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Permanent link (DOI): https://doi.org/10.7939/R3M03K

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Political Ideology and Heritage Language Development in a Chilean Exile Community: A Multiple Case Study Open Access

Descriptions

Other title
Subject/Keyword
Canada
Refugee
Activism
Spanish
Heritage Language Development
Political Ideology
Type of item
Thesis
Degree grantor
University of Alberta
Author or creator
Becker, Ava
Supervisor and department
Guardado, Martín (English Language Program)
Lam, Yvonne (Modern Languages and Cultural Studies)
Examining committee member and department
Daily-O'Cain, Jennifer (Modern Languages and Cultural Studies)
Guardado, Martín (English Language Program)
Lam, Yvonne (Modern Languages and Cultural Studies)
Department
Department of Modern Languages and Cultural Studies
Specialization
Applied Linguistics
Date accepted
2013-01-26T16:05:39Z
Graduation date
2013-06
Degree
Master of Arts
Degree level
Master's
Abstract
Our current understanding of Spanish heritage language development (HLD) in the English-speaking world is largely restricted to non-refugee Hispanic groups in the United States (Potowski & Rothman, 2011). The present thesis addresses this gap by probing the relationship between the leftist political ideologies and “refugee culture” upon which Edmonton’s Chilean community was founded in the 1970s, and the HLD of four of its now-adult children. Data for this exploratory, qualitative, multiple case study were collected from a background questionnaire and two semi-structured interviews with each participant. The main finding was that participants’ identification with the community's prevailing political ideologies had a strong effect on their attitudes towards their ethnic heritage, community involvement, and Spanish use as adults. This study contributes to our understanding of Spanish HLD in Canada, and in refugee contexts that have a decidedly political history.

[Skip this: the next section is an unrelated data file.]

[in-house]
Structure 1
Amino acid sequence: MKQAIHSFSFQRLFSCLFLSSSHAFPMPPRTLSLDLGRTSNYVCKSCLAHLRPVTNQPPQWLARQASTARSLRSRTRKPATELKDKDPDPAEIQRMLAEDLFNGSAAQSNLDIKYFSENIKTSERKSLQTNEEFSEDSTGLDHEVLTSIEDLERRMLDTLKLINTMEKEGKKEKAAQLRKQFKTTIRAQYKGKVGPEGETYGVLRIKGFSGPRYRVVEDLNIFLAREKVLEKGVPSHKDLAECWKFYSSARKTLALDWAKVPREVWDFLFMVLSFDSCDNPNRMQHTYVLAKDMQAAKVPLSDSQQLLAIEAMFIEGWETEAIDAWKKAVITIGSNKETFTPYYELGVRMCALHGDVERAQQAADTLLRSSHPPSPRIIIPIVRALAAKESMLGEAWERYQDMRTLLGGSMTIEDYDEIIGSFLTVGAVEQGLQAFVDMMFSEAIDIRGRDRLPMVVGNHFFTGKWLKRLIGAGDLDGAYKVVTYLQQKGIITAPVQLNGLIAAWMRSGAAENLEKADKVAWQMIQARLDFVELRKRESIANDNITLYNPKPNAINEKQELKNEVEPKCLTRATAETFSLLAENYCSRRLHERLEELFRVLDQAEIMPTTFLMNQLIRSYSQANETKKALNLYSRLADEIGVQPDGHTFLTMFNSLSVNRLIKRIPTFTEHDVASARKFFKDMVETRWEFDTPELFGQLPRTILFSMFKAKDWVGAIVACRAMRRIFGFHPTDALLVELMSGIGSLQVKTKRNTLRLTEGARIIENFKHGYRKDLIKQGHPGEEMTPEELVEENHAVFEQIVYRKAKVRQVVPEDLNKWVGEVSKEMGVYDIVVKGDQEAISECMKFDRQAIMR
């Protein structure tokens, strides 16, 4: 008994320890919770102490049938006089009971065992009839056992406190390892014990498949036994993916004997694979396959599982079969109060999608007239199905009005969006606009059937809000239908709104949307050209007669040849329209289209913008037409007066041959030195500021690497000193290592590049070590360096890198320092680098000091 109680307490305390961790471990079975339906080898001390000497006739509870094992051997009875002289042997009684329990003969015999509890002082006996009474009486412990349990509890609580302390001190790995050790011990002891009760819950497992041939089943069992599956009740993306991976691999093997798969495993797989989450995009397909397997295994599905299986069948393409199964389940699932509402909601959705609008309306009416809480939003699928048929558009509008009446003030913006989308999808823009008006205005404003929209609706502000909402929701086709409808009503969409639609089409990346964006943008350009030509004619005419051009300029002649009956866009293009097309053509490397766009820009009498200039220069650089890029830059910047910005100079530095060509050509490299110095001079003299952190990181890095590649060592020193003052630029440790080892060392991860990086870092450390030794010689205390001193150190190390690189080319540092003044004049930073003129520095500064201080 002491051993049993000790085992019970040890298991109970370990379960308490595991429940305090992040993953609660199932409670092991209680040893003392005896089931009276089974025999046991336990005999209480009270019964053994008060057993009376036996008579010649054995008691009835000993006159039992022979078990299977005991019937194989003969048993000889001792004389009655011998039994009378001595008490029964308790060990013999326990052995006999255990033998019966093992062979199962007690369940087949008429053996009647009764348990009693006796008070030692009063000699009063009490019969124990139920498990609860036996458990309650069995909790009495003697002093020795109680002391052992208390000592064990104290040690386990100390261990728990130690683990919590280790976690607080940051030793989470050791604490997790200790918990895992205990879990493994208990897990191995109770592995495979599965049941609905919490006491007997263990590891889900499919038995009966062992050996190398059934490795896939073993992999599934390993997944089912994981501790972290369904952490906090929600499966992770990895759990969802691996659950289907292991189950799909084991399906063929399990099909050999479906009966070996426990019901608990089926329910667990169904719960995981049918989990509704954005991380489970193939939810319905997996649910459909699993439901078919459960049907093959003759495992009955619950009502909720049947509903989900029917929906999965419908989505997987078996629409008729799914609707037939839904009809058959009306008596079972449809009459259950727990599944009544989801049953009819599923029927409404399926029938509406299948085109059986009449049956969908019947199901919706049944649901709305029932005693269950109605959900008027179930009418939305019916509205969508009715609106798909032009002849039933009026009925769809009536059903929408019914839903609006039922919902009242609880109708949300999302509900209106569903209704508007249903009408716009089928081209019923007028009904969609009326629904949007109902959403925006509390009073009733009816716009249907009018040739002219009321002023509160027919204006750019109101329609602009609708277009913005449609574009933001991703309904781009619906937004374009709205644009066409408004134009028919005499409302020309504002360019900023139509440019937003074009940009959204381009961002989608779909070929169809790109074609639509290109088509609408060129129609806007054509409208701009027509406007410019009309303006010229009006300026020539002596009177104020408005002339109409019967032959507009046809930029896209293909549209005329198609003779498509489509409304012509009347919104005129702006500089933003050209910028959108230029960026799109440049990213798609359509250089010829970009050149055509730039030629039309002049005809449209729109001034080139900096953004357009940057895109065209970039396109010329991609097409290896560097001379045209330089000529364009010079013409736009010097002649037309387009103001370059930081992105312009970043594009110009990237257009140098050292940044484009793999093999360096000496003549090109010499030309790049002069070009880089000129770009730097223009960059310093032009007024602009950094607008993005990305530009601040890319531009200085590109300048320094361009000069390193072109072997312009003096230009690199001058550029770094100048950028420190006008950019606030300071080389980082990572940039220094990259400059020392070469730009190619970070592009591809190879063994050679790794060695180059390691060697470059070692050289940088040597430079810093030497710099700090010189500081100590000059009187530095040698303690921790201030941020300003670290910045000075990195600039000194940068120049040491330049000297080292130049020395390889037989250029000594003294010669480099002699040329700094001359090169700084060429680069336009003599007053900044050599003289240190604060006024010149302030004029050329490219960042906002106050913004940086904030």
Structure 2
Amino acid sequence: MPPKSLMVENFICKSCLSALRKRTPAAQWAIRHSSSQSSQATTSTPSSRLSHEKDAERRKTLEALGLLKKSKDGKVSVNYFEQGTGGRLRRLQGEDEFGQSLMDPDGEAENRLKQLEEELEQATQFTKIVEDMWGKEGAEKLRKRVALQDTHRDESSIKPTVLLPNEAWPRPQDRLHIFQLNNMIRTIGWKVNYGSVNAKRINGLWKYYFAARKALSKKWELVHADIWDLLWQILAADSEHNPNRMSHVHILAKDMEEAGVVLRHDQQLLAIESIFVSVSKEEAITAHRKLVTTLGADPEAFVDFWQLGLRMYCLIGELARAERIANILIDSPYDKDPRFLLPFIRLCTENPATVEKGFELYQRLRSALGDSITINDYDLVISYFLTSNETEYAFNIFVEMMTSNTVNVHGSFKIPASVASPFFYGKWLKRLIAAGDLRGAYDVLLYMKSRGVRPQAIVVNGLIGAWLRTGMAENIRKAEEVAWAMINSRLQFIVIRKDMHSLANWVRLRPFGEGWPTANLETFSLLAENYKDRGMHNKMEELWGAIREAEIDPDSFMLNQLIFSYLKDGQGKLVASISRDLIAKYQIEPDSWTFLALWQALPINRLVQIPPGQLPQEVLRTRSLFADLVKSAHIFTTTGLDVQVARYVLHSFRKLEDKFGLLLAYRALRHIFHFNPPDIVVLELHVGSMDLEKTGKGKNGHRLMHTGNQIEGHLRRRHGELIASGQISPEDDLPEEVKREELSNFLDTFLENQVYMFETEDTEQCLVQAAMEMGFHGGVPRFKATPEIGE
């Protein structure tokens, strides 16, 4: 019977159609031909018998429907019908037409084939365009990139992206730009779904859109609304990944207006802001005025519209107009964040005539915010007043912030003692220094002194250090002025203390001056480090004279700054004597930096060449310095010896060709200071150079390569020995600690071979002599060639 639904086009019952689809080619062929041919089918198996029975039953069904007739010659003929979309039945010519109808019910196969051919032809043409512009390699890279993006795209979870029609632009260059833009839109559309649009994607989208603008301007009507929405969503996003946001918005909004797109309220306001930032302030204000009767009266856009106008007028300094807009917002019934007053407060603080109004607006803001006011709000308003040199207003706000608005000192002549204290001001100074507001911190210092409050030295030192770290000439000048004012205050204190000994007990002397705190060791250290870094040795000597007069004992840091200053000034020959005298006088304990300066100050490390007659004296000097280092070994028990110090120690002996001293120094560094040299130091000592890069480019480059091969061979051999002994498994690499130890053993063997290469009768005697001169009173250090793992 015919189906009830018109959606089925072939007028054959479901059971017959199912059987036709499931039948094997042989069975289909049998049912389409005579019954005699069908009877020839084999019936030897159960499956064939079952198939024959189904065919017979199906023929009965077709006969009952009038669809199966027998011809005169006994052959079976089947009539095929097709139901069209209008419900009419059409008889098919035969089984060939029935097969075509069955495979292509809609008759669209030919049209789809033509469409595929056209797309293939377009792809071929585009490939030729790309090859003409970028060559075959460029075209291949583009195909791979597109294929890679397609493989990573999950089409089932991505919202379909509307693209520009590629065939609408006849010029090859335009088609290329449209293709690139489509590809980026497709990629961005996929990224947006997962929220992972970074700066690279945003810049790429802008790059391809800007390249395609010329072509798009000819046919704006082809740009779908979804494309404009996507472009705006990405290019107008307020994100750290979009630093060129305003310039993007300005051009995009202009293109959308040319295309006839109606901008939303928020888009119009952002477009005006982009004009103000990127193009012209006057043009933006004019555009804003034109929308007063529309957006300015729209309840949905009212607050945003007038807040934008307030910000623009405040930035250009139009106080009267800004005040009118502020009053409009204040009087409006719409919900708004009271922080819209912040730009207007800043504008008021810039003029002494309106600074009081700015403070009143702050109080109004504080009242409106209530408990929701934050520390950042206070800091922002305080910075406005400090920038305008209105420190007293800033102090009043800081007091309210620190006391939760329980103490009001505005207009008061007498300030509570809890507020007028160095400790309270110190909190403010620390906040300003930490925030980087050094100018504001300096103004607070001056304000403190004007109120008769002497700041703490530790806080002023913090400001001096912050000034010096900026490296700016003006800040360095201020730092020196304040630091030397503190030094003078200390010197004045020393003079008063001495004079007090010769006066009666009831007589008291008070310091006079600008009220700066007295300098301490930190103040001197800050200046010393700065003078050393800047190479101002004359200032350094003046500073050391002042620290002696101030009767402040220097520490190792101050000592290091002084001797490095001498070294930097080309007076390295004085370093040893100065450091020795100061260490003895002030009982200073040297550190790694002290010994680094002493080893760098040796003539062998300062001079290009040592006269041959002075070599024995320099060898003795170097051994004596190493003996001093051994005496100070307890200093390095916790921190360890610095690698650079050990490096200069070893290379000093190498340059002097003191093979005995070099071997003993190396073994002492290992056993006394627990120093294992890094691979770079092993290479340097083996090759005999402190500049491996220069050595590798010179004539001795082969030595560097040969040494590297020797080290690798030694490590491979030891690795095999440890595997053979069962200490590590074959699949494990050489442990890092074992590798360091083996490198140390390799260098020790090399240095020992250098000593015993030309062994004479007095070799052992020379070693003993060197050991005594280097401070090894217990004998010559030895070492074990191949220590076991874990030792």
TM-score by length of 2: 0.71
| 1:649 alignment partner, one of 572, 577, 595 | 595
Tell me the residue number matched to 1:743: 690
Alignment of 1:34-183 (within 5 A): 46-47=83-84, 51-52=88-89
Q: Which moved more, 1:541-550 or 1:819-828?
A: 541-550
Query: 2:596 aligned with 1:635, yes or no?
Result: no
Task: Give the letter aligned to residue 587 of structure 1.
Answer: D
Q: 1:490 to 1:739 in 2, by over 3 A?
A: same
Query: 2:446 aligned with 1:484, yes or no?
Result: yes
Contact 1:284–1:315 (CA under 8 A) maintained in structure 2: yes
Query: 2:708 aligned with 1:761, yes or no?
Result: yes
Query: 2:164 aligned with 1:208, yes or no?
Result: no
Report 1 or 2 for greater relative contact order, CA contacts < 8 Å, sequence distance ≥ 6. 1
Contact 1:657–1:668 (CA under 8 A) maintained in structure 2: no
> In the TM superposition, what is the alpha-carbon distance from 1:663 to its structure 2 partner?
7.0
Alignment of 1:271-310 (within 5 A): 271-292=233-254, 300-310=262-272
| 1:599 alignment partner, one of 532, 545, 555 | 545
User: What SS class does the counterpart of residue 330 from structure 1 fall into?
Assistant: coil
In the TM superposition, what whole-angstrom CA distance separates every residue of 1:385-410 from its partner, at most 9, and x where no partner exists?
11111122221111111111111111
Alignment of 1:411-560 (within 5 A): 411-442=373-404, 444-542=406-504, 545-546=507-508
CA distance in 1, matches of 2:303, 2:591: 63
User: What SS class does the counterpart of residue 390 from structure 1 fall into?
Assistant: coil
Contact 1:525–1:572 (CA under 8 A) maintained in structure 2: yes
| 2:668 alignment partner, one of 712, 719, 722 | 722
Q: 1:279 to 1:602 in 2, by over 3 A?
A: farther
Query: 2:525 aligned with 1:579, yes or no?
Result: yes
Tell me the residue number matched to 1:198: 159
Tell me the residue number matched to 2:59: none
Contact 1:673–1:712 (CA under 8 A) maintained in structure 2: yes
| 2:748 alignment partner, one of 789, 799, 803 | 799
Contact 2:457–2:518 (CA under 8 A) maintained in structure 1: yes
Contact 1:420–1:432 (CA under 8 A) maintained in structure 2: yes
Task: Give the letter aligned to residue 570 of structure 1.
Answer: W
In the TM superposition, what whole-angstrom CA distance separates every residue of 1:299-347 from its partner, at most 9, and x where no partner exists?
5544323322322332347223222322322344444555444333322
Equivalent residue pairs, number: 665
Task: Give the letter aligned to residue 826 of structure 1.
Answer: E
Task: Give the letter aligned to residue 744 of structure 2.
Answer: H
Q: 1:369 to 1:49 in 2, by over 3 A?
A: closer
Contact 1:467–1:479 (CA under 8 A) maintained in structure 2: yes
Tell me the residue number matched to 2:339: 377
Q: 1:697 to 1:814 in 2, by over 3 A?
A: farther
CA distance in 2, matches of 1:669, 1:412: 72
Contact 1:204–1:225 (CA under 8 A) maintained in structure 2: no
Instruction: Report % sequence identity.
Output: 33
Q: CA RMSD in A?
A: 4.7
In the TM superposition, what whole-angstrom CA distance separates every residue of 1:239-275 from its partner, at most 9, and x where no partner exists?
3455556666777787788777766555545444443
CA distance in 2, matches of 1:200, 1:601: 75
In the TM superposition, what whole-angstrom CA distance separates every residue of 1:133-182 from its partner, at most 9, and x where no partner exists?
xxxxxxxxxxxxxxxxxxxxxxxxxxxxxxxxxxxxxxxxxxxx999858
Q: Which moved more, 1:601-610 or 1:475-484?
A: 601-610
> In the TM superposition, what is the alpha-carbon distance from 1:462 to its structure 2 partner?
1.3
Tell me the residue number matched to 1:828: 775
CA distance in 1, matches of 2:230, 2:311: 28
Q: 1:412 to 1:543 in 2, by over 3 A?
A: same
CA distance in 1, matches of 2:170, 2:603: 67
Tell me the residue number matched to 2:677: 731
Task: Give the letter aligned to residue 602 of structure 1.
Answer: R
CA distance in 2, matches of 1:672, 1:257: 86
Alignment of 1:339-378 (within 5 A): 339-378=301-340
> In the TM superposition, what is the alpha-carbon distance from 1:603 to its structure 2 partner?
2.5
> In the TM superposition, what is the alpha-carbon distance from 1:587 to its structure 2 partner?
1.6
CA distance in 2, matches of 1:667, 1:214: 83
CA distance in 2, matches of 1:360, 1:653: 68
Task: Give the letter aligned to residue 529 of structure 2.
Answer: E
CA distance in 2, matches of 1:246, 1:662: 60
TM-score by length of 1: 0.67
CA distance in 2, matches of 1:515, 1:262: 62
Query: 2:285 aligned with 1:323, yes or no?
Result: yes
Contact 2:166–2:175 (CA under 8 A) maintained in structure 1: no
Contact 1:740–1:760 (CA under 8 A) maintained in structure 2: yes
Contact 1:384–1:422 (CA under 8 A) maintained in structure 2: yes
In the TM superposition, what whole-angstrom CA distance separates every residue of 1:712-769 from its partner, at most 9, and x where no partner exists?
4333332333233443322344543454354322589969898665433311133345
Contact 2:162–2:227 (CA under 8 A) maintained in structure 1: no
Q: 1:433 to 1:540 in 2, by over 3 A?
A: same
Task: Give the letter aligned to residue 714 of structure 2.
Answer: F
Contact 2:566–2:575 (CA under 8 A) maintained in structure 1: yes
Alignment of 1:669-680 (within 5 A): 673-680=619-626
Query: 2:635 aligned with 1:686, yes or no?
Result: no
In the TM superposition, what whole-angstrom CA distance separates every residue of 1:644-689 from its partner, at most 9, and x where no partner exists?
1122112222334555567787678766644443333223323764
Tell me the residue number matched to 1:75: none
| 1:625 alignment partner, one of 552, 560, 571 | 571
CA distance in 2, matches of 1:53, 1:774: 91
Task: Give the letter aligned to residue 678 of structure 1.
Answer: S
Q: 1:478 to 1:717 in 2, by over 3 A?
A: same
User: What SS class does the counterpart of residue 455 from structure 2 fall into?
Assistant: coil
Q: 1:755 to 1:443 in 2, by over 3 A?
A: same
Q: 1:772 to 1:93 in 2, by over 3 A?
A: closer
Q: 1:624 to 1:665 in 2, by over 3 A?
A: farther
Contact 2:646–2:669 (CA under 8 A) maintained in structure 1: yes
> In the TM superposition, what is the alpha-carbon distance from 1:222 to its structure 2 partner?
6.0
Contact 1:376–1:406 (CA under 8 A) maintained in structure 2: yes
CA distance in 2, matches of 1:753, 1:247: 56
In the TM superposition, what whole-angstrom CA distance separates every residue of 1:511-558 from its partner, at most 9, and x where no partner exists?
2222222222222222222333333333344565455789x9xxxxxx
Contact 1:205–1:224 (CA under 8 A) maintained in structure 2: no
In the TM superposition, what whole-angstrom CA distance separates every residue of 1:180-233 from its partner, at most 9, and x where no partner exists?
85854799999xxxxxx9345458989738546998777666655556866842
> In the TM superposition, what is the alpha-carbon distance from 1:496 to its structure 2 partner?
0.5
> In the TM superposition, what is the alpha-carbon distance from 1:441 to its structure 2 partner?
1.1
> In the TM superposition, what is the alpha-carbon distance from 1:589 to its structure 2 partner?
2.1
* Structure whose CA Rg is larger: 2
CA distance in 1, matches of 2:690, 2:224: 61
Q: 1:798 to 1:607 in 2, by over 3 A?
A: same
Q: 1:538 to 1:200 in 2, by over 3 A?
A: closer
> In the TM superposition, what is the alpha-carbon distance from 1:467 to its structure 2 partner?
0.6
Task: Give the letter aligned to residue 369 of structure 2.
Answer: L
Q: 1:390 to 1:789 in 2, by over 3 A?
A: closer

Language
English
DOI
doi:10.7939/R3M03K
Rights
Permission is hereby granted to the University of Alberta Libraries to reproduce single copies of this thesis and to lend or sell such copies for private, scholarly or scientific research purposes only. Where the thesis is converted to, or otherwise made available in digital form, the University of Alberta will advise potential users of the thesis of these terms. The author reserves all other publication and other rights in association with the copyright in the thesis and, except as herein before provided, neither the thesis nor any substantial portion thereof may be printed or otherwise reproduced in any material form whatsoever without the author's prior written permission.
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